Here at PopSci we like to nurture that DIY, can-do, experimental spirit, but file this one under what not to do: A Swedish gentleman, citing a a curiosity about whether or not it’s possible to split atoms in one’s own home, has been arrested for trying to induce fission of radium, americium, and uranium in his kitchen. No joke.
Now, lest the Swedes get a bad name for running an over-protective state, it’s important to note here that Richard Handl was not arrested for being a scientific pioneer, but for being in possession of highly controlled radioactive materials, one of which has previously been used to destroy entire cities.And in Handl’s defense--as he is now more or less my new personal hero--the 31-year-old turned himself in. Or rather, after catalyzing a “small meltdown” on his stove he wrote an inquiry to the Swedish Radiation Authority asking if his activities were, strictly speaking, legal.
There’s no telling what the clerk at the Radiation Authority thought as he or she opened and read that letter, but what happened next is clear: the police stopped by to take a look at Handl's "lab." Though they did not detect any dangerous levels of radiation in Handl’s apartment, they did arrest him. He faces fines and/or possibly up to two years behind bars. And though time served won’t stop Handl from chasing big ideas, he told police he’ll think better of such projects in the future, telling the AP “from now on, I will stick to the theory.”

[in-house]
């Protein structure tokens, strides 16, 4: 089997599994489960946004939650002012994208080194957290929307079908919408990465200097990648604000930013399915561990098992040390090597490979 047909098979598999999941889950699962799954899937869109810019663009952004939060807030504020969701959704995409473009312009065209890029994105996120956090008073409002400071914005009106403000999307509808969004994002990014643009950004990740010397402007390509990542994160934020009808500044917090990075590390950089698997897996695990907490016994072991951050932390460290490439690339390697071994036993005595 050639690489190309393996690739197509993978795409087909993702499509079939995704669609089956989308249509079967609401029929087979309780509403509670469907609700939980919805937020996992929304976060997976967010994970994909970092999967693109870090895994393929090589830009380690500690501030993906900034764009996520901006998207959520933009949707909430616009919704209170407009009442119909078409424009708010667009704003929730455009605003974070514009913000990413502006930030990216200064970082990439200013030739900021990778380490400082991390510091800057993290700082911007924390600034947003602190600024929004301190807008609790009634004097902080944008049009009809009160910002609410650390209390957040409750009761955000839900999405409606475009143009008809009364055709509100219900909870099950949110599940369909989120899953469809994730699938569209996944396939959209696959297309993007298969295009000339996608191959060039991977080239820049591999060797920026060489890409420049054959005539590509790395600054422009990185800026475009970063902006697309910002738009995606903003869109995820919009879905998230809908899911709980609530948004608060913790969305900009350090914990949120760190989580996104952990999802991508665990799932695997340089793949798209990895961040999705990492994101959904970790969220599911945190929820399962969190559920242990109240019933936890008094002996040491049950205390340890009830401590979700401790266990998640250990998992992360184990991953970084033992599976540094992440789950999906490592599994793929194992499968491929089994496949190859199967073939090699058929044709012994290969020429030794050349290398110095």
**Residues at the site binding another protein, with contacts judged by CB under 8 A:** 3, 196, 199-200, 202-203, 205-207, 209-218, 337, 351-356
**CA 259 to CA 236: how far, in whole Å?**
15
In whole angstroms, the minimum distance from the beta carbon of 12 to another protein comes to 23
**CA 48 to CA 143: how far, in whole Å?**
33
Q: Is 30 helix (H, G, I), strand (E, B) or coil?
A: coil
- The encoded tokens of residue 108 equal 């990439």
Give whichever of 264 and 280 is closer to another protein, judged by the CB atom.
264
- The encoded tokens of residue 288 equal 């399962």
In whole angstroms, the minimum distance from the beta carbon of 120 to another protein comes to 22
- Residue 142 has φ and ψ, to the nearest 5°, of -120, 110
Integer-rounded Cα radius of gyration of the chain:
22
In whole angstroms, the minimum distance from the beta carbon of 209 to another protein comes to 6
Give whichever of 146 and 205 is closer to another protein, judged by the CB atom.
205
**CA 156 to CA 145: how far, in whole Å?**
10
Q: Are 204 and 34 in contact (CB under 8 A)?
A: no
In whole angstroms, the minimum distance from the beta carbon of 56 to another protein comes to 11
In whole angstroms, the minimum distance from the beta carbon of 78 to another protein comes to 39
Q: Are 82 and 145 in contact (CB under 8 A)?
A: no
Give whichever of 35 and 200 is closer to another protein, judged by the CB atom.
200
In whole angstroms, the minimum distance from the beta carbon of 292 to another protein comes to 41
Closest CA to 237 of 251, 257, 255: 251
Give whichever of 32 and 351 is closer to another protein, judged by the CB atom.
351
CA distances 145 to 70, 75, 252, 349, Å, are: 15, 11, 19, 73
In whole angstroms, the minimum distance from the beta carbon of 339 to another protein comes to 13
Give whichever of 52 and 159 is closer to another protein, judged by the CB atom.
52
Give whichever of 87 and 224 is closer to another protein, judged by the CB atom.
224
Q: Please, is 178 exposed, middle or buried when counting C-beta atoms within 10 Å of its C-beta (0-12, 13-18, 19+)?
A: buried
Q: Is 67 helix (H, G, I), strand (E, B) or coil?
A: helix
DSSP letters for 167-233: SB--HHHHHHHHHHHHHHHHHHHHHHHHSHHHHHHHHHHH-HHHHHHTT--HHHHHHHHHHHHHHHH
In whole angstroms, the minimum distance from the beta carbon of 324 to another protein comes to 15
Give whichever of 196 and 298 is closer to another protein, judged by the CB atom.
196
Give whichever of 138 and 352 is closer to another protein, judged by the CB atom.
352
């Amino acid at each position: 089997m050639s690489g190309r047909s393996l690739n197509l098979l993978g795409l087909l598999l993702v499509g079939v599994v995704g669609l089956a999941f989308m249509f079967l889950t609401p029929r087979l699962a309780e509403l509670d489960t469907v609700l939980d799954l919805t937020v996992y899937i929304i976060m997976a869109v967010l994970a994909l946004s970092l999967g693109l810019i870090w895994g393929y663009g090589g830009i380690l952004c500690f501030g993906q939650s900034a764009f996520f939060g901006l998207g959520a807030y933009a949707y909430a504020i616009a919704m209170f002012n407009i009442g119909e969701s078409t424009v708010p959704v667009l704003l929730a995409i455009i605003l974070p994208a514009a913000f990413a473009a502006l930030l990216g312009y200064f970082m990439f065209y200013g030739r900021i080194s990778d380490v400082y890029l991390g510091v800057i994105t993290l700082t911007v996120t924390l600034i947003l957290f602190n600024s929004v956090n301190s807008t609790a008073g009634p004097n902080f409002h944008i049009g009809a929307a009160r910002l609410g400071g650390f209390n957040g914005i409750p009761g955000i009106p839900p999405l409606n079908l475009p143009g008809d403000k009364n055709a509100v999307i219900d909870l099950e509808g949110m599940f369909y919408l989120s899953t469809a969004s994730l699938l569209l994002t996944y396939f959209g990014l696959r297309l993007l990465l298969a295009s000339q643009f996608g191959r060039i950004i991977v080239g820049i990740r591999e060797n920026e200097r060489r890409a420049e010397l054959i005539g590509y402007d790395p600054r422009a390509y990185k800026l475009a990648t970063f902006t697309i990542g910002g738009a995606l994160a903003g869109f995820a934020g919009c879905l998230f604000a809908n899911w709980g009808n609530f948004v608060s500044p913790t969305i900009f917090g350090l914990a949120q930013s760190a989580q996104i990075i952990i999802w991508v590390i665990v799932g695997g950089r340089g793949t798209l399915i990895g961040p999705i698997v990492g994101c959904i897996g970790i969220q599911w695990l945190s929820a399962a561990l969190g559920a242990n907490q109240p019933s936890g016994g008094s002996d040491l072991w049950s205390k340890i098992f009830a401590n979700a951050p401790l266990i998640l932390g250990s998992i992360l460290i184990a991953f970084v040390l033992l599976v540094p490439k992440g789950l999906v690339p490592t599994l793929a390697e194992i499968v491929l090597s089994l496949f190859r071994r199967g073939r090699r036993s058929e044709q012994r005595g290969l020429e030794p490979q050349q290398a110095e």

Five amazing, clean technologies that will set us free, in this month's energy-focused issue. Also: how to build a better bomb detector, the robotic toys that are raising your children, a human catapult, the world's smallest arcade, and much more.